“We also congratulate those new All Blacks named in the wider squad for the Japan Test. All these players and their families can be proud of the hard work, commitment and dedication that has led to this point,” Hansen said.
The seven new All Blacks in the wider squad are: Tasman prop Tyrel Lomax and fellow prop, Taranaki’s Reuben O’Neill, Hawke’s Bay loose forward Gareth Evans, North Harbour halfback Bryn Hall, Canterbury first five-eighth Brett Cameron, Wellington midfielder Matt Proctor and Canterbury winger George Bridge.
Also returning are three players who played non-Tests on last year’s Vista Northern Tour: Wellington hooker Asafo Aumua, North Harbour loose forward Dillon Hunt, and Canterbury halfback Mitchell Drummond.
These players will be complemented by a core of recent Test players in forwards Liam Coltman, Tim Perry, Angus Ta’avao, Luke Romano, Luke Whitelock and Jackson Hemopo; and backs Nehe Milner-Skudder, David Havili and Ngani Laumape.
“Having the extra group come to Japan will allow us to send the bulk of our main squad to London early to acclimatise and prepare for what will be three big Test matches in the Northern Hemisphere, starting with England.
“Bringing in the wider squad players also allows us to grow our player depth and will expose them to the international arena, which we think will be great for their development and, in turn, will benefit New Zealand Rugby in the long-term.
“We’ll also be using the Japanese leg of our Tour to road test a few things ahead of next year’s Rugby World Cup, as we will be using the same hotels and training facilities while we are there. We’re also playing Australia and Japan at two of our Rugby World Cup venues,” Hansen said.
Hansen added: “We’re also looking forward to experiencing the Japanese culture again and what it has to offer and catching up with our supporters up there.”
The makeup of the 32-man All Blacks squad sees 18 forwards selected (three hookers, five props, four locks and six loose forwards) and 14 backs (three halfbacks, three first five–eighths, four midfielders and four outside backs) and has a total of 1,061 Test caps experience, an average of 33 Test caps per player and average age of 26.
There is also a wide spread of players from New Zealand’s rugby provinces in the squad, with 13 of the Mitre 10 Cup teams represented.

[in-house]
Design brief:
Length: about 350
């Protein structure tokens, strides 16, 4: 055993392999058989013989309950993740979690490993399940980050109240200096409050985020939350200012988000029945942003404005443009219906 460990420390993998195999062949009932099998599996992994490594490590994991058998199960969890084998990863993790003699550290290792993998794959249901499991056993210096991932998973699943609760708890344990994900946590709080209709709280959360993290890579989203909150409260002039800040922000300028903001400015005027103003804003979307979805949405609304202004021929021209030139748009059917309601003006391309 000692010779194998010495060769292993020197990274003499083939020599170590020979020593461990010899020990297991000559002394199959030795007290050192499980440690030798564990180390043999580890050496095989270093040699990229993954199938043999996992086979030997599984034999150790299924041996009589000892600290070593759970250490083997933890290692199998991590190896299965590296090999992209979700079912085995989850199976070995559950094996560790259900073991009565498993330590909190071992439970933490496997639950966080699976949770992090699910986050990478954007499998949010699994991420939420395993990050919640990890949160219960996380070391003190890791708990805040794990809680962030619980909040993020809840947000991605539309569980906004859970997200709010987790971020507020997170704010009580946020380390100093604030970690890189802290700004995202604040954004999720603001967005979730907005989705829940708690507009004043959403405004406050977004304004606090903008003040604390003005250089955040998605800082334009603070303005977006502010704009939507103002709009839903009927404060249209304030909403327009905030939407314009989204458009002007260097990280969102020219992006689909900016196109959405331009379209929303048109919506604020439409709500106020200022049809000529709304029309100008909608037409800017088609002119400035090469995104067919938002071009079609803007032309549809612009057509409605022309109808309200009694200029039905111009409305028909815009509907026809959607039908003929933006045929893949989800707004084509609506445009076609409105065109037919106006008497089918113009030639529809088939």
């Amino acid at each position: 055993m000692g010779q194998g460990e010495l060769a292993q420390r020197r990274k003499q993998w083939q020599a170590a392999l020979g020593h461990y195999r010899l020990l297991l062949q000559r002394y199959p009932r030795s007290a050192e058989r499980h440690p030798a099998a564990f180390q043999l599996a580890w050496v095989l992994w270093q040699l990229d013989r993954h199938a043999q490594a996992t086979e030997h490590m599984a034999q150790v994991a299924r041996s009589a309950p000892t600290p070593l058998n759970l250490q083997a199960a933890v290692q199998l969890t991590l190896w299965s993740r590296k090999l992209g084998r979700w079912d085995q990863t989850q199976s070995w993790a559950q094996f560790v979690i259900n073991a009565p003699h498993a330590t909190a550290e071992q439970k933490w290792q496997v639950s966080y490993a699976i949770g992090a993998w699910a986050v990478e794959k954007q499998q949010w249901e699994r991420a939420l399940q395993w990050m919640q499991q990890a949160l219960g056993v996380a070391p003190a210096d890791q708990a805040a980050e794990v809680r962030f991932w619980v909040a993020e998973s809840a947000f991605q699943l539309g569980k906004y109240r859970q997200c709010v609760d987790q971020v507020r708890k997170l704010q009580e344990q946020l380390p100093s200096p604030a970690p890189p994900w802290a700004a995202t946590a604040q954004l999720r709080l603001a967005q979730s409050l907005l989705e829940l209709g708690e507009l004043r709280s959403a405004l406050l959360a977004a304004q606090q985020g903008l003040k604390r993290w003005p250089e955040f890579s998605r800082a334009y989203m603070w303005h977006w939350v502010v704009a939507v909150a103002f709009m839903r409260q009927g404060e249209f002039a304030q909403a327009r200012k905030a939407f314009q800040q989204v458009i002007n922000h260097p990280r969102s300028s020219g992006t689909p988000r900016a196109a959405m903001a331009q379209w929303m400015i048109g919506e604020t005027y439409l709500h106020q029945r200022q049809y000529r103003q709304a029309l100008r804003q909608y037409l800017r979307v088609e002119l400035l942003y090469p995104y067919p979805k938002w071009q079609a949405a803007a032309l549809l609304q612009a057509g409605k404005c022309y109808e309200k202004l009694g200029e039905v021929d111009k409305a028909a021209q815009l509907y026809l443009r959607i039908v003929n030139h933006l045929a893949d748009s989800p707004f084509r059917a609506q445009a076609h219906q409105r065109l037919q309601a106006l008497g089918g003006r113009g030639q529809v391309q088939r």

The new All Blacks – mini bios
In June 2017 Auckland and Blues loose forward Dalton Papalii was revelling in a second World Under 20 Championship with New Zealand, as a winner in Georgia, but not daring to believe where his career may lead. Opportunity came knocking in 2018 as the Blues were hit by a severe injury crisis and Papalii was signed up. The 21 year old has played outstanding rugby for Auckland in this year’s Mitre 10 Cup competition topping the tackles count late in the season. Auckland-raised Papalii captained his St Kentigern’s College First XV and in 2015 led the New Zealand Schools side to a convincing win over their Aussie counterparts.
Impressive 23-year-old outside back George Bridge has thrived in the successful environment of the Crusaders Super Rugby team. Born in Gisborne, Bridge moved down to Christchurch six years ago to play club rugby, getting selected in the under 20s national team and Canterbury for the Mitre 10 Cup. He had an outstanding Investec Super Rugby debut during the Crusaders successful 2017 campaign and was named their Rookie of the Year. He continued his form into 2018, finishing second-equal on the leading try scorers list with 15 tries in the Crusaders’ back to back title season. Earlier this year Bridge signed with the club until 2022.
21-year-old Canterbury first five eighth Brett Cameron came of age in the 2017 Mitre 10 Cup, making an assured performance in the semifinal in just his third provincial outing for the red and blacks, as Canterbury marched to the Mitre 10 Cup title. Cameron first came onto the national radar in 2014 when he was plucked from Wanganui’s small Cullinane College and named in the New Zealand Schools training squad. The all-round sportsman was already well known in Wanganui, having played age-grade rugby. After school Cameron headed south to Lincoln University and into the Canterbury provincial team. He played one match for the Crusaders this year.